HANNIBAL, Mo. – Darla Campbell, University of Missouri Extension agribusiness specialist, gave northeastern Missouri agriculture lenders insight into farm tax issues during a Dec. 3 seminar at Fiddlestiks restaurant in Hannibal.

The MU Department of Agricultural and Applied Economics sponsors a statewide series of ag lender seminars in cooperation with regional MU Extension specialists.

In late October, tax provisions that expired at the end of 2011 remained in limbo as Congress stalled decision-making. Record-high commodity and livestock prices, extensive drought, reduction of livestock herd numbers and soaring crop insurance receipts created interesting income tax scenarios for the agriculture community, Campbell said.

Livestock sales in 2012 are above normal levels as producers culled herds during water and forage shortages this year. Due to federal disaster declaration, producers are eligible for postponement of gain on breeding animals sold above their usual sales so long as they replace similar numbers and types of livestock within four years.

Non-breeding livestock sales also may be postponed for one year if a statement is attached. Only the income from sales above typical numbers sold in a non-drought year can be postponed.

Crop insurance proceeds are eligible for postponement as well. To qualify, proceeds must be for the actual loss, not due just to market price, and proceeds must be received in 2012.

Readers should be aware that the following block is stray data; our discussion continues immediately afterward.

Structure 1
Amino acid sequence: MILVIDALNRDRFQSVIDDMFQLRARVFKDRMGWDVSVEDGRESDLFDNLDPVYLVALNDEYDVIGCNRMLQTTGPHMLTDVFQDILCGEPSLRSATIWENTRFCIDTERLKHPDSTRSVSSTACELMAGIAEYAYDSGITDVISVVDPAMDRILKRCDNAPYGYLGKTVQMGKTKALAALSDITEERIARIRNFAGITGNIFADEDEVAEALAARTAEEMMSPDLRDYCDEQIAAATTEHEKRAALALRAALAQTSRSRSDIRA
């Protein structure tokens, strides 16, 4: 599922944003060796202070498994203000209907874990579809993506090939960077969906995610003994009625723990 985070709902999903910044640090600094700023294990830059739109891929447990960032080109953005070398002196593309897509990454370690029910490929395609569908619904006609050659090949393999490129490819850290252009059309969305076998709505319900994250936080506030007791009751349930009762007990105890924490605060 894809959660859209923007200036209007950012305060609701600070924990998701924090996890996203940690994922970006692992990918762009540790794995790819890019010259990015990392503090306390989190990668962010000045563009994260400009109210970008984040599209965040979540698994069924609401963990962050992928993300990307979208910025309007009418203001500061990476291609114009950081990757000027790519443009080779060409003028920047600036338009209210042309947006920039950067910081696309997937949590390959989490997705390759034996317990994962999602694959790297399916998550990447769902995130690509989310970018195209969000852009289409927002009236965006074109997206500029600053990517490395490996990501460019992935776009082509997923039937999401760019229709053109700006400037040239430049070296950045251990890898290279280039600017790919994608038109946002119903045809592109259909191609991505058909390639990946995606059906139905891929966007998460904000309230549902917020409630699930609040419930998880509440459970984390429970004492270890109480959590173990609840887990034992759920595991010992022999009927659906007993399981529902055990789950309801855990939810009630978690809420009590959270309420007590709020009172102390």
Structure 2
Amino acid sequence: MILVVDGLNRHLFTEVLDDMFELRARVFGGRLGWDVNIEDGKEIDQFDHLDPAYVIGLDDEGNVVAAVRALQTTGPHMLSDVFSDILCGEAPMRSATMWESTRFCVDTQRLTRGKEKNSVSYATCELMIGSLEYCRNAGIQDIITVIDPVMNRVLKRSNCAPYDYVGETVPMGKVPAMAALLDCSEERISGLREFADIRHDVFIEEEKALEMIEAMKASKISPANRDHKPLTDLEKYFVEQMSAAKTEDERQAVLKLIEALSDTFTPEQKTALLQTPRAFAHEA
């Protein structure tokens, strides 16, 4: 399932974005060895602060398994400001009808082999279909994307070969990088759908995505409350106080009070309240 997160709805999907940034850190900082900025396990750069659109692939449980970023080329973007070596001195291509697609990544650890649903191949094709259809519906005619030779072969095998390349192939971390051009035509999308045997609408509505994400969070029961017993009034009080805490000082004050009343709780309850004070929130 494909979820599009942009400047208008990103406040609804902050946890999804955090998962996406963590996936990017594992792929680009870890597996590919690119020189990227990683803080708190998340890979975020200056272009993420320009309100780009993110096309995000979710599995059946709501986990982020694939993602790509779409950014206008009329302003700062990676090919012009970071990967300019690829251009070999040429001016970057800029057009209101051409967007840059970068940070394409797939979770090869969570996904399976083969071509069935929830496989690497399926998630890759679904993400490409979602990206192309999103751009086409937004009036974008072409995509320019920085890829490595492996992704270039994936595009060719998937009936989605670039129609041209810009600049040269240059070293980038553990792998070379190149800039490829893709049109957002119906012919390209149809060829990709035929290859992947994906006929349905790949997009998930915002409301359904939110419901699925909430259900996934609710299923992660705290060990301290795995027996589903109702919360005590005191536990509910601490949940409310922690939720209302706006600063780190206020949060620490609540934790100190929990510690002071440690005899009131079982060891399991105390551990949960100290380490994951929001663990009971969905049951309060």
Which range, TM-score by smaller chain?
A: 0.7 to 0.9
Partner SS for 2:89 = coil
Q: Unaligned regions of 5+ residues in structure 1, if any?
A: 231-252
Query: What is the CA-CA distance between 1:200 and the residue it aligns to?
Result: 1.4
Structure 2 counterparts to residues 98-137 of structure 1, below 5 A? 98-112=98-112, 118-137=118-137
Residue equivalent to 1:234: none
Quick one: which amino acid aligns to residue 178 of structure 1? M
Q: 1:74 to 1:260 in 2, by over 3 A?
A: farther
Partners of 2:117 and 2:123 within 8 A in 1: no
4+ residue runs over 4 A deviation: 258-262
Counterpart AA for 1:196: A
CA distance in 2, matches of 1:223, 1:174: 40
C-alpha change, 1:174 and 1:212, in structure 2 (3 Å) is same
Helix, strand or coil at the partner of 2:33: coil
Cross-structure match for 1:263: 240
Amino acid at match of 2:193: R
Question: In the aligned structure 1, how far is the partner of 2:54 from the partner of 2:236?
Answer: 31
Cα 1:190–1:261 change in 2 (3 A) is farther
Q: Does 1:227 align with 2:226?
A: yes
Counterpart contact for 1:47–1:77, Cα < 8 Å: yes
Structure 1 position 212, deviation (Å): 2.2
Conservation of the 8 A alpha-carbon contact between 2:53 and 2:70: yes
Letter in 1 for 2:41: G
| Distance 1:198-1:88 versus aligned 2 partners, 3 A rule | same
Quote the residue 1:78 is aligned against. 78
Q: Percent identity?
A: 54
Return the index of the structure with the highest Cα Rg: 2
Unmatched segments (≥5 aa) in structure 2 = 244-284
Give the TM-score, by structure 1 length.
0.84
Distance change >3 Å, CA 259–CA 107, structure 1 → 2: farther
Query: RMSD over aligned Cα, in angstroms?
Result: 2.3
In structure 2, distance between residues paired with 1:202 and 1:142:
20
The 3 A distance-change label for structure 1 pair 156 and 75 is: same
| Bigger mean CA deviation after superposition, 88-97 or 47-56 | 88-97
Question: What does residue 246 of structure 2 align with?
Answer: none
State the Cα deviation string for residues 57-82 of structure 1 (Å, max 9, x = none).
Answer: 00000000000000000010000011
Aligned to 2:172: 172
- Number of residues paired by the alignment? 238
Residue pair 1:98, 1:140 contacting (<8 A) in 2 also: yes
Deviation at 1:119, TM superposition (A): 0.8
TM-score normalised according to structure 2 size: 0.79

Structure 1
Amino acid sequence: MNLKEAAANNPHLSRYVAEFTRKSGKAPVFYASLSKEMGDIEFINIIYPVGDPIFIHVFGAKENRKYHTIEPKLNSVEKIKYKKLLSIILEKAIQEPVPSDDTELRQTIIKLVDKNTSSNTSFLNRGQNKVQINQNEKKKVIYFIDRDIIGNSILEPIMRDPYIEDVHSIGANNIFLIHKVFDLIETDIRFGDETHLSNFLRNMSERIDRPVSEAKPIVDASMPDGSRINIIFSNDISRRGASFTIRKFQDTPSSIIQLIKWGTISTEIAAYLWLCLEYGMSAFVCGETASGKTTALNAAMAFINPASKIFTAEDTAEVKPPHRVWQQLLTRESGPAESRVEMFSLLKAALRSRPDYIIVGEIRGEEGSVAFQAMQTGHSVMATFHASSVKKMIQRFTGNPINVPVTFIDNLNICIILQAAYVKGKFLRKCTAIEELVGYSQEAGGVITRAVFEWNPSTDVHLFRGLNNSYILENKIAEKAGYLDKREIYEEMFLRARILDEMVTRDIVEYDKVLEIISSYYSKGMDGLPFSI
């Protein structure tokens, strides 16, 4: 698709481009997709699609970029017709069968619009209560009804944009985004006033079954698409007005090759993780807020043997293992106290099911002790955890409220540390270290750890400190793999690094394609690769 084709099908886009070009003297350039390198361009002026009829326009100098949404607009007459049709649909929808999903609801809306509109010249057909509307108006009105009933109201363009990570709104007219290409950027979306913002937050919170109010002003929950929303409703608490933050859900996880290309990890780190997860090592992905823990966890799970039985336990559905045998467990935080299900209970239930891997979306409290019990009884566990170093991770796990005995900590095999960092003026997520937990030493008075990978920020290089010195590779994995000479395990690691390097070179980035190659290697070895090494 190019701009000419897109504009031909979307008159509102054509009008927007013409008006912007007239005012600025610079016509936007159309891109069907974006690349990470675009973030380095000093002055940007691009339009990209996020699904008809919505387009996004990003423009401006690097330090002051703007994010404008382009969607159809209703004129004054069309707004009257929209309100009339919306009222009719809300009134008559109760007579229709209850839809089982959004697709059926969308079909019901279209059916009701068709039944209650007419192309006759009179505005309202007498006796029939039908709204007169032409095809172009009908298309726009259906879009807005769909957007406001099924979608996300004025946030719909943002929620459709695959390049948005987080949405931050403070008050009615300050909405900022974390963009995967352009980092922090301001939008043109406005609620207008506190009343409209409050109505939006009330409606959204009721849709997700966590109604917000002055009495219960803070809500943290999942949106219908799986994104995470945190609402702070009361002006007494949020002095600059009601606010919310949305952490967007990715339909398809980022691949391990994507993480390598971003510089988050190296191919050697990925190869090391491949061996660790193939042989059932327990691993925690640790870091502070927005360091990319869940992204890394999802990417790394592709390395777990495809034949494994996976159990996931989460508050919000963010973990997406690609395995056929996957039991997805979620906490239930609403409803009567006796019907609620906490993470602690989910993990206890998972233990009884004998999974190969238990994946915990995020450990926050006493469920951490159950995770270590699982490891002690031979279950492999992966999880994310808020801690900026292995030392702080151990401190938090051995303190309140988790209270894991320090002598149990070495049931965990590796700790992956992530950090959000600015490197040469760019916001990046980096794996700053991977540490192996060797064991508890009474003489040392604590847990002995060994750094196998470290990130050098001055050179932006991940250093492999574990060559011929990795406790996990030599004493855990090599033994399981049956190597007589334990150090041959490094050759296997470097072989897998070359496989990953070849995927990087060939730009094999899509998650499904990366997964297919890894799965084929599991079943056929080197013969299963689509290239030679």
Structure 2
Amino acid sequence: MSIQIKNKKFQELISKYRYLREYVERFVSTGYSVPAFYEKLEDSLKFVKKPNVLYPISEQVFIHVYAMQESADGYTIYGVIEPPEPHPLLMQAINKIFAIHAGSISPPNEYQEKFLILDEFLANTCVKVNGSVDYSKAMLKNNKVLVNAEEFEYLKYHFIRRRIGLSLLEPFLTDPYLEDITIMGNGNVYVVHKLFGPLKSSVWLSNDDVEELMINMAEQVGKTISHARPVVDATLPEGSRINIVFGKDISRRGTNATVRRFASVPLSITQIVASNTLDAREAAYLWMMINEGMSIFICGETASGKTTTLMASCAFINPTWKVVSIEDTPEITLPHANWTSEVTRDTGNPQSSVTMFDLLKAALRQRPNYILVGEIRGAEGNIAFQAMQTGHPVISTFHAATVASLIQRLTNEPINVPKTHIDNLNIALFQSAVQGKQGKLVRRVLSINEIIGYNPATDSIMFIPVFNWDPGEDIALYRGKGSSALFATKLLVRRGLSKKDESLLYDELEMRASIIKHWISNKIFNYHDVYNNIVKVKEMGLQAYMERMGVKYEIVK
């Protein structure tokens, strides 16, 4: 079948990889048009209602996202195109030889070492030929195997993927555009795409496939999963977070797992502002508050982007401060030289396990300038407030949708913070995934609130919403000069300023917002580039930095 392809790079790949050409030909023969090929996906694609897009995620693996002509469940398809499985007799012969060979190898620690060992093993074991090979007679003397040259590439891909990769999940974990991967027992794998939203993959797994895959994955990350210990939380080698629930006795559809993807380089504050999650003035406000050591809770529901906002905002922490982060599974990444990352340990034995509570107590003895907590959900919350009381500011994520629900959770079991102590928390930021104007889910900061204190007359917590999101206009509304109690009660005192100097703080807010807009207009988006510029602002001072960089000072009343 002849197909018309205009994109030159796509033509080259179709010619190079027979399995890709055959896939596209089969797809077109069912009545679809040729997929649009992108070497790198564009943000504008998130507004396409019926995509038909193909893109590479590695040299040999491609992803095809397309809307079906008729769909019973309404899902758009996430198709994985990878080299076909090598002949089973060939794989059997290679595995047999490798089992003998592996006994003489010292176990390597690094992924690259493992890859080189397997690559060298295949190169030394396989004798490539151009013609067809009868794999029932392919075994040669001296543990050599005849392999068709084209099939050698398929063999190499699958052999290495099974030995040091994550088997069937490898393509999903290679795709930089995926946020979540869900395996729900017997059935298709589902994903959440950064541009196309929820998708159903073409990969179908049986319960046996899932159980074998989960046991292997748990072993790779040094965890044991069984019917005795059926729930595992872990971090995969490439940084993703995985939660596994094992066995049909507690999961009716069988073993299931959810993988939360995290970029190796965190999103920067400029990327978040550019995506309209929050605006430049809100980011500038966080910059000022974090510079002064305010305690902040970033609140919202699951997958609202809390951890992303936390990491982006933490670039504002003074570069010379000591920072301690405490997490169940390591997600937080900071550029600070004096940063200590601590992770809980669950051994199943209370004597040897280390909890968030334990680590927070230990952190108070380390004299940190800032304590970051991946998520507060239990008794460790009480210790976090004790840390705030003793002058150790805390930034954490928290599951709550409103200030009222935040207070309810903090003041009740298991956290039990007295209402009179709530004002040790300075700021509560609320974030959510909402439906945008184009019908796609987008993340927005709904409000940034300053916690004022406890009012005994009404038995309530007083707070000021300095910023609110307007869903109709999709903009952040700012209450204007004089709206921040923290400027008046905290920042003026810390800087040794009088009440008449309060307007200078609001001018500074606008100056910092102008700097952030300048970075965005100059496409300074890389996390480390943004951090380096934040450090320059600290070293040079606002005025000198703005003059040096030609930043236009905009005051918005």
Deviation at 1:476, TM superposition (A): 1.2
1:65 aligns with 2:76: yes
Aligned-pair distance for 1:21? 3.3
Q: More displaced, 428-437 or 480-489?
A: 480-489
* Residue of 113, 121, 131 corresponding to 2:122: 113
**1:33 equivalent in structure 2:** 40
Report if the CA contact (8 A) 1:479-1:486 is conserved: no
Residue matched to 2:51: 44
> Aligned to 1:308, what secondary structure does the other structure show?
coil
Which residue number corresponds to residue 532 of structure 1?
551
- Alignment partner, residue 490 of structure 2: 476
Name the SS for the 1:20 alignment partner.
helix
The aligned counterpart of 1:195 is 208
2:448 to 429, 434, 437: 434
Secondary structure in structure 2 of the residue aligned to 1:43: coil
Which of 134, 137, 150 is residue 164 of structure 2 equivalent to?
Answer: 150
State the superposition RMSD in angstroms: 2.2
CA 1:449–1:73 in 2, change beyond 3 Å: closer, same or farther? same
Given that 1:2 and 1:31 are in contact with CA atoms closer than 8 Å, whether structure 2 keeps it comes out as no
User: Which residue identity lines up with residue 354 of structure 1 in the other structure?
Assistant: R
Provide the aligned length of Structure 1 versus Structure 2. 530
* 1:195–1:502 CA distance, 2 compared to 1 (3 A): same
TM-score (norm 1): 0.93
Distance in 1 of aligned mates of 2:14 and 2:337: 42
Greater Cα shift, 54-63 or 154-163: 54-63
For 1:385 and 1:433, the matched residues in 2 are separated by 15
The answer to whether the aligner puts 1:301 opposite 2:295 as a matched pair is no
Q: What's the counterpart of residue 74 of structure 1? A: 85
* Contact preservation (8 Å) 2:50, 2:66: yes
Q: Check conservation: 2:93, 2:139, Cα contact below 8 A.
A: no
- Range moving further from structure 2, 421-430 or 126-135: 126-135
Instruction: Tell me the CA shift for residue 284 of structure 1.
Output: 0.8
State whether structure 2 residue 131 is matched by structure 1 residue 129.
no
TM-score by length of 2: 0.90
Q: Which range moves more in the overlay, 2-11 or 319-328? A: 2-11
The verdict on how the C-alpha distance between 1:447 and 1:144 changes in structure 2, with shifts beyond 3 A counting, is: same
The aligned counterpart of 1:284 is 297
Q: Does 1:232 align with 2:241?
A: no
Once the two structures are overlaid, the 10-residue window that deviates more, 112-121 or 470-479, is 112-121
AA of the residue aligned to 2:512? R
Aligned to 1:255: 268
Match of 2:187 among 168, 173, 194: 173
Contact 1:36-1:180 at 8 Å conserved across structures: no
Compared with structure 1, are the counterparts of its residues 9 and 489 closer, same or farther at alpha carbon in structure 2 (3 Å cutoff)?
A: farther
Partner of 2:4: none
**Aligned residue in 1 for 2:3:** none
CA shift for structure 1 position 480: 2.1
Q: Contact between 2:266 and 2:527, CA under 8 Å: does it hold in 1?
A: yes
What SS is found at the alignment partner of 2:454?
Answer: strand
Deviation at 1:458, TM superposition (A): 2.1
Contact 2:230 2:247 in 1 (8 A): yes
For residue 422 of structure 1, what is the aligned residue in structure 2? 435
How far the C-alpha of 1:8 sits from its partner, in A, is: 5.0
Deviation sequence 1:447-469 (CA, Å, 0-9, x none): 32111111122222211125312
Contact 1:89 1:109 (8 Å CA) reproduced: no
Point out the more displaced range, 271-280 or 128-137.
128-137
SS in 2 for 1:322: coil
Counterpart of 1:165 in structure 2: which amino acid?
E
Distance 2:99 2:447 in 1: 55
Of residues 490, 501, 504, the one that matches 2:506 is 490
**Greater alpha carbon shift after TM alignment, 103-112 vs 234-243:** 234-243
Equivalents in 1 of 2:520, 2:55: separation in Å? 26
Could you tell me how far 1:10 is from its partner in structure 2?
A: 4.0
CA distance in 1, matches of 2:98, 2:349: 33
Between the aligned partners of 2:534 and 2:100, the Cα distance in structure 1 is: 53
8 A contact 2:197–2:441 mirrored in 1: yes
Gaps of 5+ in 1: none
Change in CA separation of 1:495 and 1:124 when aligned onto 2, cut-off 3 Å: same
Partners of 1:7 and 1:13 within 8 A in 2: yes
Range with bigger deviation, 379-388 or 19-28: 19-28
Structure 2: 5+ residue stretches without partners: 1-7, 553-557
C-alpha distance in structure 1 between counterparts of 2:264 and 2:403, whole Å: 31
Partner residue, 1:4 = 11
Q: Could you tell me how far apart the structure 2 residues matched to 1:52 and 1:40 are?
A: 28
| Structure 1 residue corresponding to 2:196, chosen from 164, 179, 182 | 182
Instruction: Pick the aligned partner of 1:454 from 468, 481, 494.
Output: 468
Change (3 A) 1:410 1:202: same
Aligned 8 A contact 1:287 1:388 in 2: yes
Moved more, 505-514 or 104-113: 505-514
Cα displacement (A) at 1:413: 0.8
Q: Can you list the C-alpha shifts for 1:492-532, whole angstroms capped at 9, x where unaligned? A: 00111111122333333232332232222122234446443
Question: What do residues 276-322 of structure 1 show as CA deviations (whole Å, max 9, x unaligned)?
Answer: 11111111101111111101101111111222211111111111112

Campbell noted that lenders should be aware of expiring law provisions. A first-year bonus depreciation is set to expire at the end of 2012. Machine sheds that once qualified for this will no longer qualify for Section 179. To use this deduction, buildings must be built, or contracted, by Dec. 31, 2012. Section 179 expense deduction, a tool for farmers who don’t know their exact income until the end of the year, has a limit of $139,000 for 2012, and this will be reduced to $25,000 in 2013. There are phaseouts that can carry forward and vehicles with a gross vehicle weight rating less than 6,000 pounds have special limits, Campbell said. “This has been a huge help to producers who want to replace equipment,” she noted.

Other tax credits set to expire at the end of 2012 or were repealed before they went into effect include the American Opportunity Tax Credit for educational purposes, deductible medical expenses, 3 percent withholding on government payments for income tax, reporting of credit card payments and home mortgage forgiveness.

The IRS continues to strengthen rules related to reporting commodity processing or value-added operations, Campbell said. Income and expenses must be appropriately allocated to farm and non-farm operation, and farmers should be aware of the different taxation levels on these, she said.

Changes in capital gains rates may be affected greatly in 2013, Campbell said. Estate tax changes also likely will face significant changes. Several tax provisions are in limbo, pending federal legislative action.

“Hopefully, your clients have consulted with their tax preparers already,” Campbell said.

For more information, contact Ronald Plain, editor of the Missouri Farm Financial Outlook, University of Missouri, 220 Mumford Hall, Columbia, MO 65211, 573-882-0134 or [email protected].

Read more http://extension.missouri.edu/news/DisplayStory.aspx?N=1633


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